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Saturday, 29 August 2015

Anti - Zionism and Anti - Semitism

I avoid certain topics on this Blog – ones I feel are too important or ones where anyone who ventures into them risks ( sometimes wilful) misunderstanding. Or both. Anti-semitism is one of those topics.

But there comes a point … I am tired of the  untruth, endlessly recycled by people who seem to be paid not to think, that anti-Zionism is a form of anti-semitism or even anti-semitism itself. It isn’t. Full stop. Go back to your PR drawing board. Your current strategy sounds like the last refuge of scoundrels.

It’s true that anti-semites are generally anti-Zionists, though not always: in the past there were anti-semites who thought it a jolly good idea that all the Jews should take themselves off to Israel and hopefully get lost in the desert. Indeed, in the early days some Zionists tried to drum up support for the Zionist project from serious anti-semites. Every little helps. The Zionist Avram Stern (of Stern Gang fame) even put in an approach to Hitler. After all, they both had a common enemy, Great Britain, which had been awarded a League of Nations Mandate to run Palestine in 1918. Stern was very happy to make life uncomfortable for the British in Palestine and that, in the context of World War Two, was his gambling chip with Hitler. The enemy of my enemy is my friend.

Endorsement of the Zionist project initially came from conservative and nationalist gentile politicians, like the Conservative British politician A J Balfour, whose famous 1917 declaration in favour of a Jewish homeland had at least something to do with the background thought that Zionism meant that the Jews would go elsewhere: they would stop coming from Eastern Europe (and its pogroms) to London and Dublin, where of course they encountered some anti-semitism but less intense than in the bloodlands of eastern Europe.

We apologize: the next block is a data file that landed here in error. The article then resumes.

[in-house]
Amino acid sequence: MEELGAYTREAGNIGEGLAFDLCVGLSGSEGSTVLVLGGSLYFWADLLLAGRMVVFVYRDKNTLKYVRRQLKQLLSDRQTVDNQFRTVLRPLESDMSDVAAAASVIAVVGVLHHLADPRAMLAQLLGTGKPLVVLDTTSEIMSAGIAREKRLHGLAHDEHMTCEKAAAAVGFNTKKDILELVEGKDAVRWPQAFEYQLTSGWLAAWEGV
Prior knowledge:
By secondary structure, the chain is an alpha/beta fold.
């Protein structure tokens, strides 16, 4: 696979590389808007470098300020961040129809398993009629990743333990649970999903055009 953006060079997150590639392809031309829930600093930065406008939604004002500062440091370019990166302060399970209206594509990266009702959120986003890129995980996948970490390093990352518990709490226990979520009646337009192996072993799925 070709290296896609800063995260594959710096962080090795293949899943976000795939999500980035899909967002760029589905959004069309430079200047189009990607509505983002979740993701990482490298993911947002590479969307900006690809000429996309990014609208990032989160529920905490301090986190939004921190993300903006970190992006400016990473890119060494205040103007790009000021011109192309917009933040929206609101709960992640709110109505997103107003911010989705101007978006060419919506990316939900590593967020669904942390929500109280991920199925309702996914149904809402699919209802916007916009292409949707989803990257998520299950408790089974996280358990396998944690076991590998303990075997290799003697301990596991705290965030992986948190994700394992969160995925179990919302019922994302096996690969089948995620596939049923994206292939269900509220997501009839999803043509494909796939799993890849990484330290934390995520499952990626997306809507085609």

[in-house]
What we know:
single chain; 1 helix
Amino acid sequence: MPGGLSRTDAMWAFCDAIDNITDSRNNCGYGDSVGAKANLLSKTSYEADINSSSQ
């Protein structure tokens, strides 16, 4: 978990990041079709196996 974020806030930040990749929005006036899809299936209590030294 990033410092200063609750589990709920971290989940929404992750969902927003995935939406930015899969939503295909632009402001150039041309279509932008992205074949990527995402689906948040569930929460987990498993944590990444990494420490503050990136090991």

But even if it didn’t matter very much to the British that the newcomers were Jews, it did matter that they were migrants - and, well, as we all know, you can only take in so many migrants. If a big migrant group tell you they would rather go elsewhere, why discourage them? Why not give a bit of help?

In short, you could argue that sympathy for the Zionist project among Gentile politicians allowed a little anti-semitism and a lot of anti-migrant sentiment to be expressed in a nice way. This viewpoint is probably not a majority one: historians generally see the Balfour Declaration very much as a move designed to increase American and Russian enthusiasm for the Allied cause in World War One.

The United Nations decision (that is, the decision of the victorious Allies) to create a Jewish homeland after World War Two also had less reputable motivations. That old anti-semite, Stalin, liked the idea and the Soviet Union hurried to be first to recognise the state of Israel. The other allies were keen too, though the British arguably had in mind a fairer solution than the one eventually arrived at by force and, as the history books tell us, tried to restrict Jewish migration to Palestine, more or less to the end of the Mandate.

I think it’s true that one reason that the Allies settled for the idea of  Israel is that it promised a partial solution to the Jewish Problem - the problem that mainland Europe at the end of World War Two was home to a large displaced population of traumatised Jews, many or most of whom did not want to return home or had no home to go to. Most of them wanted to get out of mainland Europe with first preference destinations in Great Britain and the United States and Latin America, with some happy to go to South Africa ( a popular destination earlier in the century) or Australia. Anywhere – understandably – except mainland Europe.